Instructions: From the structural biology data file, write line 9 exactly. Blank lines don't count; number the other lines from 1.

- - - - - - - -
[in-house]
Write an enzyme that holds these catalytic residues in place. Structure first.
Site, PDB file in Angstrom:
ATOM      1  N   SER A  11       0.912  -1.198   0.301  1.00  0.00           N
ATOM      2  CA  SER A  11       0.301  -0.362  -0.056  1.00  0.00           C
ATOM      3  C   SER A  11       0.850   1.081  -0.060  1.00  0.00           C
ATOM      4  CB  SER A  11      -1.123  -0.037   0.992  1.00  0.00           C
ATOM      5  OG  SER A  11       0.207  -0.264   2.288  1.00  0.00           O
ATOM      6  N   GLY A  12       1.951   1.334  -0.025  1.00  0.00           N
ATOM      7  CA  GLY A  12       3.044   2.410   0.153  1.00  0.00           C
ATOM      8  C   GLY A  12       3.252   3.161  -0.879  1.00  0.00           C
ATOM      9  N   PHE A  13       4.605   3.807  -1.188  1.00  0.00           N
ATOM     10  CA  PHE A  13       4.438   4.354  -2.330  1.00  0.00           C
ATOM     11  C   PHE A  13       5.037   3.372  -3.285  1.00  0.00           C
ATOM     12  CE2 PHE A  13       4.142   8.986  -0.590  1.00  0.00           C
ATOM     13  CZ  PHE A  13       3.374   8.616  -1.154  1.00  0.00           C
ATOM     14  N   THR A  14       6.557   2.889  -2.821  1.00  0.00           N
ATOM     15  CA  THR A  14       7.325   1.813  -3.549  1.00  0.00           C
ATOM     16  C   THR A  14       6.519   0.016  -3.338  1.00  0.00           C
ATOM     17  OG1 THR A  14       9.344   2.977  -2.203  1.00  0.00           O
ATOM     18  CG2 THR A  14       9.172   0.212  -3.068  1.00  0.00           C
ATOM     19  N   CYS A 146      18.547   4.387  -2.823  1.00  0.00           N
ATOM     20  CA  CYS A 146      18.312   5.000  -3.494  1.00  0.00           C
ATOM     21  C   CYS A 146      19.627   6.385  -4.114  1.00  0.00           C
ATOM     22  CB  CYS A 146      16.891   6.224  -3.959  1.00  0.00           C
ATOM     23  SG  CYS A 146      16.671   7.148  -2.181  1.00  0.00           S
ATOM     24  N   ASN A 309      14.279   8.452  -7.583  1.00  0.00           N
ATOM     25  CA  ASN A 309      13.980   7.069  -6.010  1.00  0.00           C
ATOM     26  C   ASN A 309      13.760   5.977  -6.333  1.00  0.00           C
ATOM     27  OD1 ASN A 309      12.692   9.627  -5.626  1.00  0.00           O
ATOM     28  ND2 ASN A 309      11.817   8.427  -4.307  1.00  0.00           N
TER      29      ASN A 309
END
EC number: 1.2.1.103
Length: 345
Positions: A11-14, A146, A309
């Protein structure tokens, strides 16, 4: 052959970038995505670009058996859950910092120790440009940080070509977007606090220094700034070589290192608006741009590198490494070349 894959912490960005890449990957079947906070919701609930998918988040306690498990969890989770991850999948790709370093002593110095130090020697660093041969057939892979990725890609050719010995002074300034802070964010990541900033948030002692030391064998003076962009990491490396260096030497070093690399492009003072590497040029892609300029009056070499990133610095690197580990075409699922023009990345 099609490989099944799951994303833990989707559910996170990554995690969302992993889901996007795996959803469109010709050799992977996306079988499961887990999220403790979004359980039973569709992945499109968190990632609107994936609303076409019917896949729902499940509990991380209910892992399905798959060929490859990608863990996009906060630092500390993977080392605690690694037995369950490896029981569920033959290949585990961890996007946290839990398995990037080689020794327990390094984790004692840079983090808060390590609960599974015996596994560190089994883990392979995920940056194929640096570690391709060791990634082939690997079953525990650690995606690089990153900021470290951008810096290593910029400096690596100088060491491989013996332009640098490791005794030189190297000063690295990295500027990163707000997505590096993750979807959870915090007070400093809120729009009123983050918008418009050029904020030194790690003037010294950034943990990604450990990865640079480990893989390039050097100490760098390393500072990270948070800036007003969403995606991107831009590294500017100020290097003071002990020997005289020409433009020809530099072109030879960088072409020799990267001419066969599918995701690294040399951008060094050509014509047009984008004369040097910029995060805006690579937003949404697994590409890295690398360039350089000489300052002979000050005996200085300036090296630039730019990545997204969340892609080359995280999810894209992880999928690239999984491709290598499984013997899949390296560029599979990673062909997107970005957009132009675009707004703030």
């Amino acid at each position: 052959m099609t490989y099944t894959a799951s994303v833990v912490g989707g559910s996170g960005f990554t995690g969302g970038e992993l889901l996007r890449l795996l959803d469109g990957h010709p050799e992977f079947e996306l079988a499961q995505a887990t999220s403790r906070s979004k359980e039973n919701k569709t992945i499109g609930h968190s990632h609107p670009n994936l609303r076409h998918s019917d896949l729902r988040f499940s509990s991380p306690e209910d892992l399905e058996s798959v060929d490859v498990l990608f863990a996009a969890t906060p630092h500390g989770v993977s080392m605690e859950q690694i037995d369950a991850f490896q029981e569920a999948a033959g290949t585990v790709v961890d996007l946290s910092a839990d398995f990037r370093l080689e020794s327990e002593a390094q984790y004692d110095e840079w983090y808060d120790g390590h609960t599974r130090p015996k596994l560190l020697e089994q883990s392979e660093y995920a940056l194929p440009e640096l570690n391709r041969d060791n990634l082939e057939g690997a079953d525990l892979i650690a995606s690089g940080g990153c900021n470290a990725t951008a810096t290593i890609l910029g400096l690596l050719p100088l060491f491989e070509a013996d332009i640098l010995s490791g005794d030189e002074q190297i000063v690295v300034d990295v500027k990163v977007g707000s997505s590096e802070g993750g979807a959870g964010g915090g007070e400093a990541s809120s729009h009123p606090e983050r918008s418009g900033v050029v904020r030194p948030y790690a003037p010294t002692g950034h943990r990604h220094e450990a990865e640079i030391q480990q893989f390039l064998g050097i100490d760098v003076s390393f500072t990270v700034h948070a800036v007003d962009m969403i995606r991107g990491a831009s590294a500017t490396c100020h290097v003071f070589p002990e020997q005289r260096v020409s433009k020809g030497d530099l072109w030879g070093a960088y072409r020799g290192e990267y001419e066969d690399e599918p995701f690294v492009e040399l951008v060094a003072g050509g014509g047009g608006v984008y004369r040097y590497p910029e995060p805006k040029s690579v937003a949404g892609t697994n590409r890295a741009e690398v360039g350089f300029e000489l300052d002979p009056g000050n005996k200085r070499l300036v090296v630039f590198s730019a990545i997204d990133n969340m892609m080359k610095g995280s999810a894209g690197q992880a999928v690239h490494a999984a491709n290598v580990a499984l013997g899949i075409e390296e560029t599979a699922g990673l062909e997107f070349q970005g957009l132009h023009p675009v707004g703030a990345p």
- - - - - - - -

ATOM      6  N   GLY A  12       1.951   1.334  -0.025  1.00  0.00           N